There is a related career practice that deserves our attention. Many highly competitive people push themselves right up to almost achieving a goal and then begin to apply the brake. The self-doubt and the second-guessing kick in.
“Do I really want this?” “Will it disrupt my life?” “Will people regard me differently?” “Do I truly deserve this?” “Can I handle the extra responsibility?” “Am I the right person for the job?” The questions and doubts begin to accumulate. In far too many cases, the person backs away from success or sabotages the plan.
These individuals are not slackers. They choose to compete. They are competent and ambitious. Most have managed to succeed in other endeavors. The fact of their past success, however, may keep them from recognizing their efforts to apply the brake. “I’m just being responsible,” they may say. “It only makes sense to consider all factors.”
[See when HR fails to do its job.]
Those excuses hold enough truth to provide a cover story for self-induced failure. Their foundation is the assumption that the individual is unique and that others do not harbor such doubts. Some (I’m tempted to say most) of the highest positions in any organization are held by people who wonder if they really should be in the job.
What can help is to recognize the self-doubt as a stage and factor it in. Just as a marathoner will know the attitudes to avoid in the last few miles, so too should we be alert for the second-guessing. For many, this stage can be a natural part of competing. Moving through it should also be a standard practice.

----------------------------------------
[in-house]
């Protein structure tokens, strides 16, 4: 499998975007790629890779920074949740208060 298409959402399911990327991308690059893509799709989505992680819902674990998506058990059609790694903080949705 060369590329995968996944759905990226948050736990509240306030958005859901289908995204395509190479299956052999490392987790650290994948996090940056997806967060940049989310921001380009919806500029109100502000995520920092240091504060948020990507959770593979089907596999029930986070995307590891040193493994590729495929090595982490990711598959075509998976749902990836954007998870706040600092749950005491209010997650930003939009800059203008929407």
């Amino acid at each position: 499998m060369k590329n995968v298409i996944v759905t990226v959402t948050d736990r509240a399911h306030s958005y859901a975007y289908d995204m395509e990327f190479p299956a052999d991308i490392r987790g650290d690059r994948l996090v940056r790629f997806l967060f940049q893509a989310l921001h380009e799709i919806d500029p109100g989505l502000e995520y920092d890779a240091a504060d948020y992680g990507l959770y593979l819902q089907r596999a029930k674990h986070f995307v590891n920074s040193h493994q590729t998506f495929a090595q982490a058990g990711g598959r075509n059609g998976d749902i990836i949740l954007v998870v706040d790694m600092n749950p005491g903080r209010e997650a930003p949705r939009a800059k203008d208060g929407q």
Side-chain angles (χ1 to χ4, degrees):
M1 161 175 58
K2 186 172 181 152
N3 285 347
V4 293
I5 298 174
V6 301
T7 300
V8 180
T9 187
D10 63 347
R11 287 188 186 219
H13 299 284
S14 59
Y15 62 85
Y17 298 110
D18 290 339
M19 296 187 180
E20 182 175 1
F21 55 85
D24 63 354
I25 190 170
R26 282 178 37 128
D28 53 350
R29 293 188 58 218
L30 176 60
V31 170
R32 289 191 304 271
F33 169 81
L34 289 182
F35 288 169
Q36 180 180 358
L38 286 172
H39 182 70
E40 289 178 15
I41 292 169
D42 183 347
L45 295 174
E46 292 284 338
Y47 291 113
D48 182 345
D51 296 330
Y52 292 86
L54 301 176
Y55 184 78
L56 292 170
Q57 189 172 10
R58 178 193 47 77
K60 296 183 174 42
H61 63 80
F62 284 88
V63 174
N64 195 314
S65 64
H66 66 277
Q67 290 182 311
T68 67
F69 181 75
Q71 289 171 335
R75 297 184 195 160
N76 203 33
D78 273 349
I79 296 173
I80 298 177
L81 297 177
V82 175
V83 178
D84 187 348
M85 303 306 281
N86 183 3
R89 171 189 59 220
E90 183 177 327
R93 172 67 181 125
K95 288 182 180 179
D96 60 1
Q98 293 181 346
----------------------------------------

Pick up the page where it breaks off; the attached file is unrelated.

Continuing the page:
Consulting with others can help enormously. Delaying any negative decisions is also important. Regarding the second-guessing as a mere speed bump instead of a brick wall helps to keep up the momentum. We may slow down a bit to recognize the stage, but we’ll know when it is time to hit the accelerator.
Michael Wade writes Execupundit.com, an eclectic combination of management advice, observations, and links. A partner with the Phoenix firm of Sanders Wade Rodarte Consulting Inc., he has advised private and public-sector organizations for more than 30 years.